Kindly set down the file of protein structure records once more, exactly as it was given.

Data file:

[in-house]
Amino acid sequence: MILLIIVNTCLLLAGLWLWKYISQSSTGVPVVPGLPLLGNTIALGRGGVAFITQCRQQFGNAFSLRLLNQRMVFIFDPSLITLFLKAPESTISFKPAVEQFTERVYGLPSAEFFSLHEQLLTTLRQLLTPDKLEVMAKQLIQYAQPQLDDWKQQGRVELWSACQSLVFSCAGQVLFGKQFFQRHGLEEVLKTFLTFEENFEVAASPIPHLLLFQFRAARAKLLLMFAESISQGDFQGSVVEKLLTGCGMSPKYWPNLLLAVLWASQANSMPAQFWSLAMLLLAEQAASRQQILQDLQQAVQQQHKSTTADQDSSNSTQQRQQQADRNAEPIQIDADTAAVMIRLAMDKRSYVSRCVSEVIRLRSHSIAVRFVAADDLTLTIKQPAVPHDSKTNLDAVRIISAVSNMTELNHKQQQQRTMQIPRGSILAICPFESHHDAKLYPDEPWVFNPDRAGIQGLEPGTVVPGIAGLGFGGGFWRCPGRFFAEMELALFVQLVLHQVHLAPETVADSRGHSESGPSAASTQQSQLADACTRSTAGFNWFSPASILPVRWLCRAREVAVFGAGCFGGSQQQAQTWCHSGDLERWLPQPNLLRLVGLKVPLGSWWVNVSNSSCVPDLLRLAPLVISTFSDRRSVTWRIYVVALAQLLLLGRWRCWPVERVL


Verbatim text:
[in-house]
Amino acid sequence: MILLIIVNTCLLLAGLWLWKYISQSSTGVPVVPGLPLLGNTIALGRGGVAFITQCRQQFGNAFSLRLLNQRMVFIFDPSLITLFLKAPESTISFKPAVEQFTERVYGLPSAEFFSLHEQLLTTLRQLLTPDKLEVMAKQLIQYAQPQLDDWKQQGRVELWSACQSLVFSCAGQVLFGKQFFQRHGLEEVLKTFLTFEENFEVAASPIPHLLLFQFRAARAKLLLMFAESISQGDFQGSVVEKLLTGCGMSPKYWPNLLLAVLWASQANSMPAQFWSLAMLLLAEQAASRQQILQDLQQAVQQQHKSTTADQDSSNSTQQRQQQADRNAEPIQIDADTAAVMIRLAMDKRSYVSRCVSEVIRLRSHSIAVRFVAADDLTLTIKQPAVPHDSKTNLDAVRIISAVSNMTELNHKQQQQRTMQIPRGSILAICPFESHHDAKLYPDEPWVFNPDRAGIQGLEPGTVVPGIAGLGFGGGFWRCPGRFFAEMELALFVQLVLHQVHLAPETVADSRGHSESGPSAASTQQSQLADACTRSTAGFNWFSPASILPVRWLCRAREVAVFGAGCFGGSQQQAQTWCHSGDLERWLPQPNLLRLVGLKVPLGSWWVNVSNSSCVPDLLRLAPLVISTFSDRRSVTWRIYVVALAQLLLLGRWRCWPVERVL